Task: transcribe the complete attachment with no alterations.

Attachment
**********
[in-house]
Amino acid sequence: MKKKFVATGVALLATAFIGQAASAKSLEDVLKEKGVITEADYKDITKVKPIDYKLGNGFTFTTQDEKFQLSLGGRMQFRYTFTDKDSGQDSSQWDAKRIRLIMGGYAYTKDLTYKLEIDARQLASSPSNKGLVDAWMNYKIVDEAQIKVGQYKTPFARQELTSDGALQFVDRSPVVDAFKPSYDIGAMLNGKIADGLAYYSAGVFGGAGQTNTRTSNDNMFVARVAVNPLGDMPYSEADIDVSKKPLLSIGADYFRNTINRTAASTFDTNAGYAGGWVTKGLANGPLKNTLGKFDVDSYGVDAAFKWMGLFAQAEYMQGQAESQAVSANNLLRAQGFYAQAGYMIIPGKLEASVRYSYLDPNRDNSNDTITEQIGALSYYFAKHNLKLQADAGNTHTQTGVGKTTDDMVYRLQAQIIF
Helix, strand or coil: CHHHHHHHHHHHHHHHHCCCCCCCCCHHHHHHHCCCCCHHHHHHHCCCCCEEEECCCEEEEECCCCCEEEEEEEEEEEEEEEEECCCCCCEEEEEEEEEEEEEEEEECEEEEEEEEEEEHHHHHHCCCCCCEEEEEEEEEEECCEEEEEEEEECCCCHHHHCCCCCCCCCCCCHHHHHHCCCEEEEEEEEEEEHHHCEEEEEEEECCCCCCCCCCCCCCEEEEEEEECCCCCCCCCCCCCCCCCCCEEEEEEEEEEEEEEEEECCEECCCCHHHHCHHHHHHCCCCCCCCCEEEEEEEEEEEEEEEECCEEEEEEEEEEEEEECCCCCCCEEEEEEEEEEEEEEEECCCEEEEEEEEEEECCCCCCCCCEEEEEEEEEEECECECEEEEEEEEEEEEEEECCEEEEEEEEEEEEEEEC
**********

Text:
[in-house]
Amino acid sequence: MKKKFVATGVALLATAFIGQAASAKSLEDVLKEKGVITEADYKDITKVKPIDYKLGNGFTFTTQDEKFQLSLGGRMQFRYTFTDKDSGQDSSQWDAKRIRLIMGGYAYTKDLTYKLEIDARQLASSPSNKGLVDAWMNYKIVDEAQIKVGQYKTPFARQELTSDGALQFVDRSPVVDAFKPSYDIGAMLNGKIADGLAYYSAGVFGGAGQTNTRTSNDNMFVARVAVNPLGDMPYSEADIDVSKKPLLSIGADYFRNTINRTAASTFDTNAGYAGGWVTKGLANGPLKNTLGKFDVDSYGVDAAFKWMGLFAQAEYMQGQAESQAVSANNLLRAQGFYAQAGYMIIPGKLEASVRYSYLDPNRDNSNDTITEQIGALSYYFAKHNLKLQADAGNTHTQTGVGKTTDDMVYRLQAQIIF
Helix, strand or coil: CHHHHHHHHHHHHHHHHCCCCCCCCCHHHHHHHCCCCCHHHHHHHCCCCCEEEECCCEEEEECCCCCEEEEEEEEEEEEEEEEECCCCCCEEEEEEEEEEEEEEEEECEEEEEEEEEEEHHHHHHCCCCCCEEEEEEEEEEECCEEEEEEEEECCCCHHHHCCCCCCCCCCCCHHHHHHCCCEEEEEEEEEEEHHHCEEEEEEEECCCCCCCCCCCCCCEEEEEEEECCCCCCCCCCCCCCCCCCCEEEEEEEEEEEEEEEEECCEECCCCHHHHCHHHHHHCCCCCCCCCEEEEEEEEEEEEEEEECCEEEEEEEEEEEEEECCCCCCCEEEEEEEEEEEEEEEECCCEEEEEEEEEEECCCCCCCCCEEEEEEEEEEECECECEEEEEEEEEEEEEEECCEEEEEEEEEEEEEEEC